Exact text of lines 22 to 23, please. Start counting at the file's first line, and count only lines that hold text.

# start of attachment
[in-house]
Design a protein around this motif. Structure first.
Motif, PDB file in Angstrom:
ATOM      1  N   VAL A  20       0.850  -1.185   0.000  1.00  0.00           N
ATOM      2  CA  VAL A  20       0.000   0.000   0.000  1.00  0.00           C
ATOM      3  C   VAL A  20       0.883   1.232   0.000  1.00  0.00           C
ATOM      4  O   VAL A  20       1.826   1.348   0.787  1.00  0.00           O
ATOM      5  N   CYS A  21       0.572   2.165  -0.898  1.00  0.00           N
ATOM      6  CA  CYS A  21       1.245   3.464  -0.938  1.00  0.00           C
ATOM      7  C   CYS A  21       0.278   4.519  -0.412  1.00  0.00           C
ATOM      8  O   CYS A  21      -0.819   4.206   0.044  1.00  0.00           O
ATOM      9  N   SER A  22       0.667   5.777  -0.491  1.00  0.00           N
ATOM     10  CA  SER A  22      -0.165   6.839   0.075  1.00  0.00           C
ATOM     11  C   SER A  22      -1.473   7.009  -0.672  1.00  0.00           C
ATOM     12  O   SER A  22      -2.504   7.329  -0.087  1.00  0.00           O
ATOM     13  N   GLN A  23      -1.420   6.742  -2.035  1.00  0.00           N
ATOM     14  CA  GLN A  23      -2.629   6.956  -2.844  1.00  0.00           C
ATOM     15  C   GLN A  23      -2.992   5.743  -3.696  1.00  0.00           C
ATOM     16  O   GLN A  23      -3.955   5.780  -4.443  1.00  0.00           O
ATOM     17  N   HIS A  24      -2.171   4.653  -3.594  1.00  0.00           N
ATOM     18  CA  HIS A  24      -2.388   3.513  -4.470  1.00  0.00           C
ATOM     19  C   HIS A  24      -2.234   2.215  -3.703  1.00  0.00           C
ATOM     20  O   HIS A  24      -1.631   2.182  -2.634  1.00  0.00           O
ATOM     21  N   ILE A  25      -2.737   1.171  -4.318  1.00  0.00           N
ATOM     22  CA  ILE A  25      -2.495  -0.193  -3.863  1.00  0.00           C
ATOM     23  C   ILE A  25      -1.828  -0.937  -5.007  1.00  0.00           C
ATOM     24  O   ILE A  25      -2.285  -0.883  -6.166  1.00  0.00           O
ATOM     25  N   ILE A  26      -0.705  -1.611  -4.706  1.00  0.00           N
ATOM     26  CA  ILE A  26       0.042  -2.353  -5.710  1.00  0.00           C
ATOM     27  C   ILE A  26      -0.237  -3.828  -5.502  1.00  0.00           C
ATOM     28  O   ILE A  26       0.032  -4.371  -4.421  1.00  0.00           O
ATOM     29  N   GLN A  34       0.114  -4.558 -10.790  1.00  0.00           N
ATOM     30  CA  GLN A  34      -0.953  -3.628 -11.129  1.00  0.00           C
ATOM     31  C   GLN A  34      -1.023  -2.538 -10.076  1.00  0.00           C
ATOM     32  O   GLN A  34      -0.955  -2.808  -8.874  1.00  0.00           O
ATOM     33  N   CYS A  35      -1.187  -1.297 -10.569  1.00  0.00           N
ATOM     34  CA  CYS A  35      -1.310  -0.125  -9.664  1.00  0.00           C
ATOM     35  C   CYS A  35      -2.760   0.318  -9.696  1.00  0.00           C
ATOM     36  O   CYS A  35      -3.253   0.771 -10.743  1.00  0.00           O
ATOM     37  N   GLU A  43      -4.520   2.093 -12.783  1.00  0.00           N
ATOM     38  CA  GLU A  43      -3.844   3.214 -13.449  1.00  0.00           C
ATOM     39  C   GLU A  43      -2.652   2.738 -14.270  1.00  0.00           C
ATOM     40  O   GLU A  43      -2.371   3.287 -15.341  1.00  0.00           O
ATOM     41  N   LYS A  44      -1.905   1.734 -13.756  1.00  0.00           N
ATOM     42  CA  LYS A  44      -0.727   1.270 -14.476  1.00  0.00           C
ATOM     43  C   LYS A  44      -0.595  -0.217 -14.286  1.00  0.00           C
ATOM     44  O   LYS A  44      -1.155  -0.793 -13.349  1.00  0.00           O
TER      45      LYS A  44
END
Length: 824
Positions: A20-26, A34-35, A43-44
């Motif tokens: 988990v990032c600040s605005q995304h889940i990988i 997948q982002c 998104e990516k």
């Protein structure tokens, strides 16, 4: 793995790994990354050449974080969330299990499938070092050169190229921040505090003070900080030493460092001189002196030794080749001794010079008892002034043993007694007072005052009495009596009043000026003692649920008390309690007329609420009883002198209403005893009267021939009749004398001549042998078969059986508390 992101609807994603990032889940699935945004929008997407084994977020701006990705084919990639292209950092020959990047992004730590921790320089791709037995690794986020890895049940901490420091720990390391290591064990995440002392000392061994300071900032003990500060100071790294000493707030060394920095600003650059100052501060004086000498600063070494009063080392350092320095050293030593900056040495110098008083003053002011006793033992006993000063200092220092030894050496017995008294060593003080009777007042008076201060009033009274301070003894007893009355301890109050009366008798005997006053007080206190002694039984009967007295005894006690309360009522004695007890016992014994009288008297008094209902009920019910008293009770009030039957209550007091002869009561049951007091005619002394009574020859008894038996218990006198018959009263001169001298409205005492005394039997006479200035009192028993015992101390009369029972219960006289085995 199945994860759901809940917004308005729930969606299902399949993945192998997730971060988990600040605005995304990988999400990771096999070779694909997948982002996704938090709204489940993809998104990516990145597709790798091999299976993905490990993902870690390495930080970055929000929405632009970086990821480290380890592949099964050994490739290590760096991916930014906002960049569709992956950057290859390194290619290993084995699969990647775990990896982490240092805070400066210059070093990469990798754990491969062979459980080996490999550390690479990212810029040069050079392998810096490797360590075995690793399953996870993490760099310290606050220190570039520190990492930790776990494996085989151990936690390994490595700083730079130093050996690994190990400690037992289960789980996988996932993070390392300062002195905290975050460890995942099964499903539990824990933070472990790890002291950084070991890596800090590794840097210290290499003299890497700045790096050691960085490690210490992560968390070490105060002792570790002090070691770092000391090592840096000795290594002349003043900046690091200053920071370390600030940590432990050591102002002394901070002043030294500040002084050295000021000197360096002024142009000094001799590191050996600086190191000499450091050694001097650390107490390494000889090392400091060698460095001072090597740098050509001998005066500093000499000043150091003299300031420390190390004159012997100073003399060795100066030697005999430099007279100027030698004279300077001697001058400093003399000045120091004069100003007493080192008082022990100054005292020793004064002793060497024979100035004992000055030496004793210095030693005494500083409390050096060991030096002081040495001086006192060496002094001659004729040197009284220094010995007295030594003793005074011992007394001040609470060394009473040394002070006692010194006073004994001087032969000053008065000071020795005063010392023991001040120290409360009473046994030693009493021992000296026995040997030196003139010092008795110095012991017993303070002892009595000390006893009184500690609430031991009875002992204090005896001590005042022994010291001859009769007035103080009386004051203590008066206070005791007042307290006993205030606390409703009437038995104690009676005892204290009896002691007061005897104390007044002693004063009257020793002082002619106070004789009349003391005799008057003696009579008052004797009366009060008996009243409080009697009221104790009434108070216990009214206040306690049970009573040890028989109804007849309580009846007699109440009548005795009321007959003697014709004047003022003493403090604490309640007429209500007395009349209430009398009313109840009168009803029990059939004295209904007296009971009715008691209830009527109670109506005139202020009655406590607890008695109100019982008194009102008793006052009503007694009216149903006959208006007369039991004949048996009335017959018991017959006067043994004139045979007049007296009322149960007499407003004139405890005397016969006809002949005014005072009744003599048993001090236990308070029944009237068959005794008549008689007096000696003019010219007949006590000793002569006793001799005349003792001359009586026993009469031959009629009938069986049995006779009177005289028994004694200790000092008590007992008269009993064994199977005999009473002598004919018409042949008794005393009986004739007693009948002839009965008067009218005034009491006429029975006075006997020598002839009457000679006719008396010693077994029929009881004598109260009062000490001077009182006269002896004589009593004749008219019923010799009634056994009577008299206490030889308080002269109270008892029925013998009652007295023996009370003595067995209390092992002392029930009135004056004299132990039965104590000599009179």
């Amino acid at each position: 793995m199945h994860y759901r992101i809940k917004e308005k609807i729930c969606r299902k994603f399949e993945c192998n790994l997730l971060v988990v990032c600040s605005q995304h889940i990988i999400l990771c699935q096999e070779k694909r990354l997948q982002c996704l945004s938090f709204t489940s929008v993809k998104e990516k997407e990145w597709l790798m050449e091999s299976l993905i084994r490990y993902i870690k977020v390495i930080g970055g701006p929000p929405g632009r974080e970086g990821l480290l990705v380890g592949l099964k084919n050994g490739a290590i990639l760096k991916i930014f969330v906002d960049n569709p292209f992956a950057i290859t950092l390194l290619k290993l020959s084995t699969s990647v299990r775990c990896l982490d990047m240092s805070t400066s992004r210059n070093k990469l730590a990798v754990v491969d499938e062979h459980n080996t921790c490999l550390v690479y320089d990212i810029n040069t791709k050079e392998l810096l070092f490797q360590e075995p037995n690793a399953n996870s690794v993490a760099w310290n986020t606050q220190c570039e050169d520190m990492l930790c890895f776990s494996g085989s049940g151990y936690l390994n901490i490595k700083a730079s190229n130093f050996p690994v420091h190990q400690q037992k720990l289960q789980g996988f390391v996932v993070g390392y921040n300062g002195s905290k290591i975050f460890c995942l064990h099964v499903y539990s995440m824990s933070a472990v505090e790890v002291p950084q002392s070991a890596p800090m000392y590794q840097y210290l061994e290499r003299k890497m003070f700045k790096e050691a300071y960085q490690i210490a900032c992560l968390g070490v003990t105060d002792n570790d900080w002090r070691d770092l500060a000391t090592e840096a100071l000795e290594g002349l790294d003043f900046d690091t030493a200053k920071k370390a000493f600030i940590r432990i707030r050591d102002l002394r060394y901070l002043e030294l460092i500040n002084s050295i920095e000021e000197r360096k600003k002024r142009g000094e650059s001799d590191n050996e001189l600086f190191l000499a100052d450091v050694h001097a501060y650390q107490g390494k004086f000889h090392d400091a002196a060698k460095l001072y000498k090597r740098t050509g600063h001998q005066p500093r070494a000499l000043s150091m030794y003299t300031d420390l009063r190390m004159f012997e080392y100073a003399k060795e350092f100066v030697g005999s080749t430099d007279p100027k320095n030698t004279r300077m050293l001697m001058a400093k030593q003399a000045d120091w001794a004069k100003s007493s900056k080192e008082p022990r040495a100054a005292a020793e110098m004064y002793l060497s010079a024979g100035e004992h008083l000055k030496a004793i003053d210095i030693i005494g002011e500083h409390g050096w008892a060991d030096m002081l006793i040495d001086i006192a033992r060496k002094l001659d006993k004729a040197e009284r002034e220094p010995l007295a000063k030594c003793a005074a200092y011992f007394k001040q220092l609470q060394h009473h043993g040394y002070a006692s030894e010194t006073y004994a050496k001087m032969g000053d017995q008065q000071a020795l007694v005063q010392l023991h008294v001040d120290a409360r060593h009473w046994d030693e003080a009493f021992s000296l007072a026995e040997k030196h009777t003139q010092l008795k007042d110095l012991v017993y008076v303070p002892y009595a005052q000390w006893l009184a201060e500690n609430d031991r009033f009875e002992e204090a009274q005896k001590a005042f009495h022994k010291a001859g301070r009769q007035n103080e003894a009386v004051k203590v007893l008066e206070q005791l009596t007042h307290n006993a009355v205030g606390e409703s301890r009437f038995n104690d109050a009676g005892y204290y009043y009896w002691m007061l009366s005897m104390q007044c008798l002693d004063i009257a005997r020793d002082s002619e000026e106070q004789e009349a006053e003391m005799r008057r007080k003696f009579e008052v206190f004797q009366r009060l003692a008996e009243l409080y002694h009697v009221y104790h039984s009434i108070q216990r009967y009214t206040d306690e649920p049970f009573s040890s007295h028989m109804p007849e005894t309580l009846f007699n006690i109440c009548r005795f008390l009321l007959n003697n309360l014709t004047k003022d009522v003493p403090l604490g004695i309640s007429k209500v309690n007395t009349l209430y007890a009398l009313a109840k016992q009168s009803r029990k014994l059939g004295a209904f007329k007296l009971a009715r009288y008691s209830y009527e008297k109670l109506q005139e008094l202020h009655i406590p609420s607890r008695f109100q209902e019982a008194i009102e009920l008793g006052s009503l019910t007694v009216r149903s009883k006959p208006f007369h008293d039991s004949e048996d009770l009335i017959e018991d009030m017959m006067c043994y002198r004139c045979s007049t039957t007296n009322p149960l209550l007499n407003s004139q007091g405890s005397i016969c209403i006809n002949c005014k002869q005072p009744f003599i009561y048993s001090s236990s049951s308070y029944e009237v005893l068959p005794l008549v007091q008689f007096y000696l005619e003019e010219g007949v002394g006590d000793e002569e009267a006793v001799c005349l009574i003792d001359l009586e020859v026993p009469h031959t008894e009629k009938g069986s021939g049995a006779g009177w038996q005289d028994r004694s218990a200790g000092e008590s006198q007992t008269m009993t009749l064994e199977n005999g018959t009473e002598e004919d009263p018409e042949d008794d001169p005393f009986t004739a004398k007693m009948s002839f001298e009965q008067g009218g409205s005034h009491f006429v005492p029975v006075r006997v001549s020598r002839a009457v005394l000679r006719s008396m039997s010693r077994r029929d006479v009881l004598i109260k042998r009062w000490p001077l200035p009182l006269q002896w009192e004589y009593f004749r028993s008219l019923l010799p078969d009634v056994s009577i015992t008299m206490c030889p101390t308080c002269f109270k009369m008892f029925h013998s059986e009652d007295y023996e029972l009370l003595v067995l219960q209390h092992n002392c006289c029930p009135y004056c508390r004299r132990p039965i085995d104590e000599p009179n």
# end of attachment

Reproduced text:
ATOM     19  C   HIS A  24      -2.234   2.215  -3.703  1.00  0.00           C
ATOM     20  O   HIS A  24      -1.631   2.182  -2.634  1.00  0.00           O